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Astronauts on the space shuttle Endeavour will begin configuring the orbit for reentry and landing when they wake up later this afternoon, after undocking from the International Space Station Friday night.The first chance to land at Kennedy Space Center will come at 10:16 p.m. EST, although forecasters say showers in the area may prevent that. Rain is also forecast Sunday at the backup landing site on Edwards Air Force Base in California.The six-member Endeavour crew bid farewell to the five members of ISS Expedition and undocked at 7:54 p.m. EST, after being docked to the orbiting outpost for nine days, 19 hours and 48 minutes."Goodbye guys, see you back on the planet," radioed Expedition 22 Commander Jeff Williams as Endeavour backed away.NASA TVWith pilot Terry Virts at the controls, Endeavour carried out the normal flyaround so its crew could photograph its latest configuration. Orbital sunrise came as the orbiter pulled away.NASA TVWith the installation of the Tranquility pressurized node, the station is now 98 percent complete by volume, and 90 percent by mass. Tranquility houses life support and crew-exercise gear, and its seven-window cupola will soon be set up as the primary control center for the ISS robotic arm.NASA TVAfter the flyaround, Endeavour began pulling away from the station. Until it lands, viewers on the ground below its flight path may be able to see the orbiter following the station across the sky. Click here to see if and when the two massive spacecraft will pass over your city.Before turning in for the night, Endeavour's crew used the orbiter boom extension system at the end of the robot arm to reinspect the composite panels that protect its nose cap and wing leading edges from the heat of reentry, ensuring that they weren't damaged by orbital debris.NASA TVThat data was relayed to Mission Control Center-Houston for analysis while the crew slept.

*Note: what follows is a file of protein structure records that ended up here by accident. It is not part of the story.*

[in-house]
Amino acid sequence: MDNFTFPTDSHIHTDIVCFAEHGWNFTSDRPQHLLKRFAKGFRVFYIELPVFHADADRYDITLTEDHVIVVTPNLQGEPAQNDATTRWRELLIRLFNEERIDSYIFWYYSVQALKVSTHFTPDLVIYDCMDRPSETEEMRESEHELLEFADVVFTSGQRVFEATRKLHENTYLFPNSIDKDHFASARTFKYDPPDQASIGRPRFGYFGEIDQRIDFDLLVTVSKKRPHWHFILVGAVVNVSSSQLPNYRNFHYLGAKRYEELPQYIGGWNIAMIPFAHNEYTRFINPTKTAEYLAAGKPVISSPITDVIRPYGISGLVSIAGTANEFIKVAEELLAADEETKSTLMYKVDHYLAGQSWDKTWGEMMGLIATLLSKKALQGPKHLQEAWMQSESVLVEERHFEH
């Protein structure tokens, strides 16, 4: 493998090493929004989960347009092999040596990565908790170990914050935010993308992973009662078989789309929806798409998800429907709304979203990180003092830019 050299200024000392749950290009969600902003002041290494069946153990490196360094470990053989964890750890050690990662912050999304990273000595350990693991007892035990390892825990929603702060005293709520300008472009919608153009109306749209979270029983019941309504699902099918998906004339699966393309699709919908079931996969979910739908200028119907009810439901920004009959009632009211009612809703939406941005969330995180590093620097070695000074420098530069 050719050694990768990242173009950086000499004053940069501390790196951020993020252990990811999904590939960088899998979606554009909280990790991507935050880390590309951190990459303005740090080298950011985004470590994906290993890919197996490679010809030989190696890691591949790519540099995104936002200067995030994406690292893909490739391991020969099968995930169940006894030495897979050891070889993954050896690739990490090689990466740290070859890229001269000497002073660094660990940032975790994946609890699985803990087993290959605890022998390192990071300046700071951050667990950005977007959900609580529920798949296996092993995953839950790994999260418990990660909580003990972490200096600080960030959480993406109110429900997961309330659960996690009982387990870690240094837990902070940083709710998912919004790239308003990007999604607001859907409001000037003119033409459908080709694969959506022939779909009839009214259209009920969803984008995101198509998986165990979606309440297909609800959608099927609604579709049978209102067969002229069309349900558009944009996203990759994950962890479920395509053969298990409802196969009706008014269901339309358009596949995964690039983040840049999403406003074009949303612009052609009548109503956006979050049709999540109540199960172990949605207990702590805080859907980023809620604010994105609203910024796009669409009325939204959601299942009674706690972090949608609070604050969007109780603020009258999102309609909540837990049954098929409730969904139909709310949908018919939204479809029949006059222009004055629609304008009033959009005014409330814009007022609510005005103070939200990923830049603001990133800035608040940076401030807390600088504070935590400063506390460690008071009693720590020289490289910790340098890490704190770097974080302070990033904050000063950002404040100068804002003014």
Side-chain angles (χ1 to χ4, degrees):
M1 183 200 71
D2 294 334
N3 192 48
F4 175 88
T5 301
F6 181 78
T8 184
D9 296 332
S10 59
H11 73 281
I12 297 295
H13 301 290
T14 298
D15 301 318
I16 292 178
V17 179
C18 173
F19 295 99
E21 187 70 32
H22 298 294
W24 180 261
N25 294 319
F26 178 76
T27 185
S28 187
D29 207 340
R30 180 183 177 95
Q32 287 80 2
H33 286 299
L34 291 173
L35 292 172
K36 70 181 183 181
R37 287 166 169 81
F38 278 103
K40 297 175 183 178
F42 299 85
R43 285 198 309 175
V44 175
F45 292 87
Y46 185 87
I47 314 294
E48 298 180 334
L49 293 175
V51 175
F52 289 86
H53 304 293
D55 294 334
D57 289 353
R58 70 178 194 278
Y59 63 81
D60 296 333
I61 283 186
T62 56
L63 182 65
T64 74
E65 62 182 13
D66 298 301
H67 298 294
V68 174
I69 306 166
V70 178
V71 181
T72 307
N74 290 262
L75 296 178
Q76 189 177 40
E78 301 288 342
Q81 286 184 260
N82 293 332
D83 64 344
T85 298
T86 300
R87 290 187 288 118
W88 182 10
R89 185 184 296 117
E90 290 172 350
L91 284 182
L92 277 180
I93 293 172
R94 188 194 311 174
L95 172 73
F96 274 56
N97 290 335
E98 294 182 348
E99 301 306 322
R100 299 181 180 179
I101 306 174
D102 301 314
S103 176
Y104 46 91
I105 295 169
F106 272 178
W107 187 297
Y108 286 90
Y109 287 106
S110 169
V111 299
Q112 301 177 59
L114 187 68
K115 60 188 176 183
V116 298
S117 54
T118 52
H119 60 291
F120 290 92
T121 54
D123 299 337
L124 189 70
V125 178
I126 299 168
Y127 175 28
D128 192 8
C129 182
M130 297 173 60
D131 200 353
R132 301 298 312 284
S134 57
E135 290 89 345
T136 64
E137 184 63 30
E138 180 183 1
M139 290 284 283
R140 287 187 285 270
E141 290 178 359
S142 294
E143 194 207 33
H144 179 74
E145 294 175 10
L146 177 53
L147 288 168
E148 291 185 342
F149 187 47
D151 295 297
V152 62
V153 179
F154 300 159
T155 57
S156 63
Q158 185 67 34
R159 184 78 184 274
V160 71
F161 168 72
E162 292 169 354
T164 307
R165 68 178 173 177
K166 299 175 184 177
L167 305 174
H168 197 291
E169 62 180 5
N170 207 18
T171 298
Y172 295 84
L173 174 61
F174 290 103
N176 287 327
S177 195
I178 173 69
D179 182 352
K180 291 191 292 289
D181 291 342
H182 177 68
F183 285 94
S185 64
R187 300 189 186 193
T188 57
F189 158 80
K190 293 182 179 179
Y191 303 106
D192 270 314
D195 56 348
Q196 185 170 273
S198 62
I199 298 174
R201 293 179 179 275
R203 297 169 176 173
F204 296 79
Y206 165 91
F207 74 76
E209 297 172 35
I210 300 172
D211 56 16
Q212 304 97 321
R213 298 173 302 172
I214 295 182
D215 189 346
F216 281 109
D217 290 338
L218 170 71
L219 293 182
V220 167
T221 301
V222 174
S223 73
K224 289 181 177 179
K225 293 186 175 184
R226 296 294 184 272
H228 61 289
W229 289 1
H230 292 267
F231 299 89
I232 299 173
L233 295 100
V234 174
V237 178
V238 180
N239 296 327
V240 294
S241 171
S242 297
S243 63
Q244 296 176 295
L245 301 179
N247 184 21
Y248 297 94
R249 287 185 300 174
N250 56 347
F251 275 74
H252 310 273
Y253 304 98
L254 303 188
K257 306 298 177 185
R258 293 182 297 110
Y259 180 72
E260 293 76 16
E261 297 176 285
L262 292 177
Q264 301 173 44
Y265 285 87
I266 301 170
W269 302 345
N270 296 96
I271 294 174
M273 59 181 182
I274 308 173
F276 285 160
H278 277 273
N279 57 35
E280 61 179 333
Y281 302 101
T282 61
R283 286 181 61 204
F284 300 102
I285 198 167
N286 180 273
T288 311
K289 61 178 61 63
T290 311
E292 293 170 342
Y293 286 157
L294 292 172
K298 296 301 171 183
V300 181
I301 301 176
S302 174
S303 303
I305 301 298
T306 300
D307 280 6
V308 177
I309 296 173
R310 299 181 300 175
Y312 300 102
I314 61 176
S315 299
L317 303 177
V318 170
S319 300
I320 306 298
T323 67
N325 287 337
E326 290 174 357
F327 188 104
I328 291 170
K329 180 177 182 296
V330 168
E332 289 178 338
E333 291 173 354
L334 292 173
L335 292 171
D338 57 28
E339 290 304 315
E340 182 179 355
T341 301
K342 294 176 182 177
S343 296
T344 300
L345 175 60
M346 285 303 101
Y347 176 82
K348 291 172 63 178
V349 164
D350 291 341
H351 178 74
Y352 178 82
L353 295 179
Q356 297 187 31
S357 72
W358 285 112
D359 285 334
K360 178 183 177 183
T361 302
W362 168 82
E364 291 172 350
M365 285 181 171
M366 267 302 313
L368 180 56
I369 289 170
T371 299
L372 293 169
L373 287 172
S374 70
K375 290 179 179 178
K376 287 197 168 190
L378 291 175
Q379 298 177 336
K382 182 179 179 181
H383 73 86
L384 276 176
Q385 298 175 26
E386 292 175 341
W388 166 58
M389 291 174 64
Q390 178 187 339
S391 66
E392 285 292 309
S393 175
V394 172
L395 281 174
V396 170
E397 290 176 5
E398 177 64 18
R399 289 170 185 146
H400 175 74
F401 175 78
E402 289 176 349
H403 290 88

os99, STS130, Endeavour, ISS, undock, flyaround
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